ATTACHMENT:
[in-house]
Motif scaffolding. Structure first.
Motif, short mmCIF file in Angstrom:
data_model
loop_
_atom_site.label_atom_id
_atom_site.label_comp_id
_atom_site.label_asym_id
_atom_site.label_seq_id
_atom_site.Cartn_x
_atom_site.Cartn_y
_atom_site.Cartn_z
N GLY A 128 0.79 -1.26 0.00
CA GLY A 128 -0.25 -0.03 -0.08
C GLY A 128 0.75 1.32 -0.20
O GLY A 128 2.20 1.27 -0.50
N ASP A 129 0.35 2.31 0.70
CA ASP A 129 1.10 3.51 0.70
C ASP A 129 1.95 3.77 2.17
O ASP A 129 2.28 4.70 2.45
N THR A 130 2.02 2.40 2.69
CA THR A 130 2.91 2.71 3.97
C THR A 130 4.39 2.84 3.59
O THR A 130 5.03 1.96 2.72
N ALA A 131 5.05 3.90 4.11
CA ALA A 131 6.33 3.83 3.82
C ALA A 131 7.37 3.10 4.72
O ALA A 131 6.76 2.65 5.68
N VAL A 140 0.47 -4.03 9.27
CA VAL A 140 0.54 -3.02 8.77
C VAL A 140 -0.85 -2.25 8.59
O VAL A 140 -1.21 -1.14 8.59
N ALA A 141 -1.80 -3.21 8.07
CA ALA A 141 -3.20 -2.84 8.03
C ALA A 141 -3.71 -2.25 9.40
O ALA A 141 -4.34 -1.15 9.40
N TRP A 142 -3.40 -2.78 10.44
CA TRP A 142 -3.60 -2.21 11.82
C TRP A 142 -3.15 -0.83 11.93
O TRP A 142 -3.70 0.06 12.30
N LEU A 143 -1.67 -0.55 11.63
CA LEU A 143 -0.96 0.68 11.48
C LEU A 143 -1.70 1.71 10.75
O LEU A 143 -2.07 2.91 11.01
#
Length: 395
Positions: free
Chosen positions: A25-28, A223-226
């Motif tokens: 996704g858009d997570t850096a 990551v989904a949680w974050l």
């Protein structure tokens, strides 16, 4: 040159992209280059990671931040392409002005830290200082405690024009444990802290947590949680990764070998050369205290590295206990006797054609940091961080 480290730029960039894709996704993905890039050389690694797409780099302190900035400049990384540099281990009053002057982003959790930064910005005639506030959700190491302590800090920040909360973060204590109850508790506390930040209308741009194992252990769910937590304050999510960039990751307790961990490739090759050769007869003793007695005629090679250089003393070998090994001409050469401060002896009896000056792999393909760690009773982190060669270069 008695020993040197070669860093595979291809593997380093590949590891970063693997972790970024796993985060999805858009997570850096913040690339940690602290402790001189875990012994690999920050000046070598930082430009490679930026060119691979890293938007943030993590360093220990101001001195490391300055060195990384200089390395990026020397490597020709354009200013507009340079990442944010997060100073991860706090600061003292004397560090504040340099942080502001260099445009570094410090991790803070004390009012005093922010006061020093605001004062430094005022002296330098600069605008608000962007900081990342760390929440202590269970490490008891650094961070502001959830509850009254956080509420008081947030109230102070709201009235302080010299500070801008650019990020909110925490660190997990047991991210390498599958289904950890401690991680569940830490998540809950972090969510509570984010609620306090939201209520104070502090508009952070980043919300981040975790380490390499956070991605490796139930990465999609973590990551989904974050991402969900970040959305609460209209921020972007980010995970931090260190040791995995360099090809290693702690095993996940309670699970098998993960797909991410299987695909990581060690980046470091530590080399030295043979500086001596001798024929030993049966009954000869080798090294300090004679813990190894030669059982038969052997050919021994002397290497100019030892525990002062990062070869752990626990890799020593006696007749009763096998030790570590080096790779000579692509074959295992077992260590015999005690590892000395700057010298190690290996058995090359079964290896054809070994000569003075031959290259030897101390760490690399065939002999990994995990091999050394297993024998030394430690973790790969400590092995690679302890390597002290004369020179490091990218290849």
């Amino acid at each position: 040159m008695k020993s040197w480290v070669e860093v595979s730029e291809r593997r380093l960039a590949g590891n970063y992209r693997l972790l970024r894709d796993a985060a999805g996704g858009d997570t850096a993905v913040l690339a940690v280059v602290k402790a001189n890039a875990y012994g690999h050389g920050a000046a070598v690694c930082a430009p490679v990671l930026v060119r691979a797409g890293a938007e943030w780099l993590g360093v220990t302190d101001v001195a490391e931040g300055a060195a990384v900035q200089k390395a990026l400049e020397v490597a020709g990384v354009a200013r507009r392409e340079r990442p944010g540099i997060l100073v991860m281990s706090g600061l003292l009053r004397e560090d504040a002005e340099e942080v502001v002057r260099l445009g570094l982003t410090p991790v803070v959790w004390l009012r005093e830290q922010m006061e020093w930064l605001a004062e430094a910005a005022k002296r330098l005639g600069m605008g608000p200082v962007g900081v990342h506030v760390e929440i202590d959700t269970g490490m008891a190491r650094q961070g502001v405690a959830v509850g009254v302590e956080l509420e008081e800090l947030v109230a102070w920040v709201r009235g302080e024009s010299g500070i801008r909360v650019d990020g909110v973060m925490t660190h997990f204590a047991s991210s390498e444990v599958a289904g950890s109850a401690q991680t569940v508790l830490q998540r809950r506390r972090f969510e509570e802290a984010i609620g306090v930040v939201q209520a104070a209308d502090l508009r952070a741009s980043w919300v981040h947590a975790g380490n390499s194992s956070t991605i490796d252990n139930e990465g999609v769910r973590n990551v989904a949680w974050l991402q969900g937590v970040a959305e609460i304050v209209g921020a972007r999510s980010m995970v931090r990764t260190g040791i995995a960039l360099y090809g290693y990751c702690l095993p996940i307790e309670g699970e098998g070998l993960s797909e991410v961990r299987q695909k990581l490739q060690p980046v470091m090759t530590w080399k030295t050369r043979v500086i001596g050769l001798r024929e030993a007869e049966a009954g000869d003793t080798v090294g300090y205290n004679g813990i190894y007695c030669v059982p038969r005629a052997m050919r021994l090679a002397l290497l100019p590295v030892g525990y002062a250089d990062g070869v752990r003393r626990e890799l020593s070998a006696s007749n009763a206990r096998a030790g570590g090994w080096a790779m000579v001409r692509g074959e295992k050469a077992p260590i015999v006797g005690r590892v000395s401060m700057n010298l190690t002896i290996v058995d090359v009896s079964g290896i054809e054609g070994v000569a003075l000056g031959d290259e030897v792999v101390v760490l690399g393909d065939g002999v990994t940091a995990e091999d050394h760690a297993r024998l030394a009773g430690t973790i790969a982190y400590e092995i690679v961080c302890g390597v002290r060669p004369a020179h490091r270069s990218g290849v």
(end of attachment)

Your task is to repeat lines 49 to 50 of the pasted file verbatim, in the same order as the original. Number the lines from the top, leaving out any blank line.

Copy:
């Motif tokens: 996704g858009d997570t850096a 990551v989904a949680w974050l």
């Protein structure tokens, strides 16, 4: 040159992209280059990671931040392409002005830290200082405690024009444990802290947590949680990764070998050369205290590295206990006797054609940091961080 480290730029960039894709996704993905890039050389690694797409780099302190900035400049990384540099281990009053002057982003959790930064910005005639506030959700190491302590800090920040909360973060204590109850508790506390930040209308741009194992252990769910937590304050999510960039990751307790961990490739090759050769007869003793007695005629090679250089003393070998090994001409050469401060002896009896000056792999393909760690009773982190060669270069 008695020993040197070669860093595979291809593997380093590949590891970063693997972790970024796993985060999805858009997570850096913040690339940690602290402790001189875990012994690999920050000046070598930082430009490679930026060119691979890293938007943030993590360093220990101001001195490391300055060195990384200089390395990026020397490597020709354009200013507009340079990442944010997060100073991860706090600061003292004397560090504040340099942080502001260099445009570094410090991790803070004390009012005093922010006061020093605001004062430094005022002296330098600069605008608000962007900081990342760390929440202590269970490490008891650094961070502001959830509850009254956080509420008081947030109230102070709201009235302080010299500070801008650019990020909110925490660190997990047991991210390498599958289904950890401690991680569940830490998540809950972090969510509570984010609620306090939201209520104070502090508009952070980043919300981040975790380490390499956070991605490796139930990465999609973590990551989904974050991402969900970040959305609460209209921020972007980010995970931090260190040791995995360099090809290693702690095993996940309670699970098998993960797909991410299987695909990581060690980046470091530590080399030295043979500086001596001798024929030993049966009954000869080798090294300090004679813990190894030669059982038969052997050919021994002397290497100019030892525990002062990062070869752990626990890799020593006696007749009763096998030790570590080096790779000579692509074959295992077992260590015999005690590892000395700057010298190690290996058995090359079964290896054809070994000569003075031959290259030897101390760490690399065939002999990994995990091999050394297993024998030394430690973790790969400590092995690679302890390597002290004369020179490091990218290849």